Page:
The closure of the Parsons Clinic in Red Deer on June 29 will leave some people scrambling for a family doctor.
Parsons has 11 family doctors but only seven of them — five full-time and two part-time — are moving to practise at the new Piper Creek Medical Clinic opening July 2 in a new commercial building, 32nd Street Crossing, at 3215 49th Ave.
Parsons doctors Betty Cowie, Nellie Radomsky, both part-time doctors, and full-time doctors Michael Thain and Donald Tillier are retiring. Dr. Jennifer Corrales, a full-time doctor, is relocating to Cochrane.
Dr. Peter Bouch, one of the Parsons doctors moving to Piper Creek, said Piper Creek doctors will take on some of the patients with chronic conditions or multiple diseases from doctors who are leaving.
“We tried to accommodate those people for sure. All of us took on quite a few extra people. You can’t take on too many or all the patients will just be waiting a long time to see you,” Bouch said on Monday.
“There are going to be a lot of people out there who are going to have to try and find new doctors.”
But four or five doctors should be coming to Red Deer to work at two new walk-in clinics, one that plans to open near Piper Creek Medical Clinic and one near Red Deer Regional Hospital Centre, and hopefully they won’t be strictly walk-ins, he said.
“A lot of the walk-in clinics have gone to booked appointments as well as walk-ins.”
He said some walk-ins made the switch to offer better medicine. It’s more satisfying for both doctors and patients, especially the elderly who can’t sit for hours waiting for a doctor.
Red Deer has 78 family doctors, including traditional family doctors and walk-in doctors.
Piper Creek Medical Clinic has room for eight doctors and there has been interest from doctors to join.
“Red Deer is a good place to practise. I don’t think we have real problems attracting physicians, it’s just getting the right kind of physicians,” Bouch said.
Dr. Jake Bromley, a family doctor at Associate Medical Group, said it can be frightening for people losing a family doctor.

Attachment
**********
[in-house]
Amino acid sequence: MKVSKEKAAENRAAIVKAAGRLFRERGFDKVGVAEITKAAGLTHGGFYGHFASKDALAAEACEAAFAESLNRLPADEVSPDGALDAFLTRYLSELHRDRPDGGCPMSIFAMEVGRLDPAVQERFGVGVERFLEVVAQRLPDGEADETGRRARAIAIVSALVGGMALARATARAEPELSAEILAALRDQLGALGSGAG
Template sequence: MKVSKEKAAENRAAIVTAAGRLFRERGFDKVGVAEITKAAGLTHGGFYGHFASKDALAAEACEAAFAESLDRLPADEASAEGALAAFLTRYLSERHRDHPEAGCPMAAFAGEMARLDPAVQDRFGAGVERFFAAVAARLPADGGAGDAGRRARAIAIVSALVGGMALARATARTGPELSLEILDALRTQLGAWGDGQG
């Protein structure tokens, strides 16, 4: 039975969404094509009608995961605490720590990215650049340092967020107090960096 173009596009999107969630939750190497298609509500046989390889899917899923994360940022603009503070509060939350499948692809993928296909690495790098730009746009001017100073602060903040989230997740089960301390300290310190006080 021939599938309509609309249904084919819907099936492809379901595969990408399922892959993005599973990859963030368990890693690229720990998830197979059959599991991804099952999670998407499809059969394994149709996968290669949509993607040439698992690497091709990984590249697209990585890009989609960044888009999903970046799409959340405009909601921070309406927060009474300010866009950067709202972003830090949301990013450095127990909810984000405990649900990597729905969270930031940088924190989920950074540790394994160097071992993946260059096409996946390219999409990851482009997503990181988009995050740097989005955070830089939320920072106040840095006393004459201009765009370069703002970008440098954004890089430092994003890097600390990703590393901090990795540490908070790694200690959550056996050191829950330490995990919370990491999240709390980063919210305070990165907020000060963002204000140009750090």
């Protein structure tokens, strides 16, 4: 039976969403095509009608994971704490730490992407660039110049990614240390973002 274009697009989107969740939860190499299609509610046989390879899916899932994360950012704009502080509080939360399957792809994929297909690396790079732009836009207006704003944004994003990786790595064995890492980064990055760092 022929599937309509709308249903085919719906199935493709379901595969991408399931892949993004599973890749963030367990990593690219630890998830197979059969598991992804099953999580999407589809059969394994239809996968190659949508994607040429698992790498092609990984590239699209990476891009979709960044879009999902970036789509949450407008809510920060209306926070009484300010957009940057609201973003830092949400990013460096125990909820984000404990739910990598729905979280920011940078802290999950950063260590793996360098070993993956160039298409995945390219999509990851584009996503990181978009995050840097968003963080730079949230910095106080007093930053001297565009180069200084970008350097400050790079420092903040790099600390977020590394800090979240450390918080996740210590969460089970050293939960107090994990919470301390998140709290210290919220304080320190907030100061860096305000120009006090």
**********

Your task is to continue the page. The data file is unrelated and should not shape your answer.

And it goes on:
“I see several people every day asking me if I’ll be their doctor. That’s happening to all of us still in active practice,” Bromley said.
He said losing family doctors is not unique to Red Deer but is becoming a bigger problem. Parsons’ closure has brought the issue to the forefront because the city is losing doctors who have practised for decades and have many patients.
The Parsons Clinic dates back to 1944.
Both Bouch and Bromley said the generation of doctors practising full-spectrum family medicine, who visit patients in hospital and deliver babies, is aging.
There’s a limit to how many patients existing family doctors can manage, “even though you feel great sympathy for their predicaments,” said Bromley, who has practised in Red Deer for almost 19 years at Associate Medical Group.
Viggo Nielsen, president of the Central Alberta Council on Aging, said the council hasn’t discussed the impact that changes to family medicine will have on seniors.
But Nielsen said he will soon rely on a walk-in clinic because his doctor is retiring from Parsons Clinic.
“I understand at walk-in clinics you can ask for a specific doctor. If we find a doctor we really like, we’ll simply ask for that doctor,” said Nielsen.
But losing a family doctor will be difficult for many people, said Nielsen, who has had the same family doctor for about 25 years.
“(A family doctor) becomes as much a friend as he is a doctor.”
Retiring doctors at the Parsons Clinic have informed patients in search of new doctors to contact the Red Deer Primary Care Network at www.reddeerpcn.com or the College of Physicians and Surgeons at www.cpsa.ab.ca. Some doctors have told patients they may need to rely on walk-in clinics in the interim.
Physician recruitment and retention efforts actively involve the local community, physicians and clinics, and Alberta Health Services.